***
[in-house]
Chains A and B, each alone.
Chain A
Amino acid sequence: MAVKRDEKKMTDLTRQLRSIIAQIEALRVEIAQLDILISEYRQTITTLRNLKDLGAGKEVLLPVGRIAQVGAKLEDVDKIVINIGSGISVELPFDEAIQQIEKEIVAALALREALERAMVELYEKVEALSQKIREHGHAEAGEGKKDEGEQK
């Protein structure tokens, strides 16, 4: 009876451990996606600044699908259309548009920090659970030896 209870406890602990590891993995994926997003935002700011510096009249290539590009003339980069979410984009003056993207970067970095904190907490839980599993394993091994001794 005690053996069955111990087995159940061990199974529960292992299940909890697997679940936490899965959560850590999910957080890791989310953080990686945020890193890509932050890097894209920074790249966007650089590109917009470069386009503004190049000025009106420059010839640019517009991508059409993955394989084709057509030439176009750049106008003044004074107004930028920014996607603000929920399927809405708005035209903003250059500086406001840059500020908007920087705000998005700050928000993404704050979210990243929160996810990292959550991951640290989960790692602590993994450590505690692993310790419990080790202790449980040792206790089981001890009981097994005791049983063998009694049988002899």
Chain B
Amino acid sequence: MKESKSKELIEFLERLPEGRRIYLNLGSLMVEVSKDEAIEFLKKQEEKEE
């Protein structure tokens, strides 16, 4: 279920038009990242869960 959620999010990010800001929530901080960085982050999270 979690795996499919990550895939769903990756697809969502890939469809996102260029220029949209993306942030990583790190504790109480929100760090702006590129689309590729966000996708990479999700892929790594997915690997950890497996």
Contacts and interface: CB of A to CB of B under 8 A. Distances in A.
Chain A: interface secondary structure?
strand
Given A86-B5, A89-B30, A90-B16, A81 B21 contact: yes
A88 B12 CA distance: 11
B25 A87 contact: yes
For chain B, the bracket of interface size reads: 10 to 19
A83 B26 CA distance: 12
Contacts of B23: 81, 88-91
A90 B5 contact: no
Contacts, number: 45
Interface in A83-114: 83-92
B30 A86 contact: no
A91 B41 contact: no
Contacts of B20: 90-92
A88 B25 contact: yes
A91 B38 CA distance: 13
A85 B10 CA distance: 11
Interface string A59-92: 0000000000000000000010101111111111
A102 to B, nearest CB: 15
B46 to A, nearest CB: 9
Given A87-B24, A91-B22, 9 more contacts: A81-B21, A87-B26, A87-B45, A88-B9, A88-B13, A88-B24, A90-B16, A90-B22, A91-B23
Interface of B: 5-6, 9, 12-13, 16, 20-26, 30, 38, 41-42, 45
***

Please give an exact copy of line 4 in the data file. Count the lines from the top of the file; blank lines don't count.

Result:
Amino acid sequence: MAVKRDEKKMTDLTRQLRSIIAQIEALRVEIAQLDILISEYRQTITTLRNLKDLGAGKEVLLPVGRIAQVGAKLEDVDKIVINIGSGISVELPFDEAIQQIEKEIVAALALREALERAMVELYEKVEALSQKIREHGHAEAGEGKKDEGEQK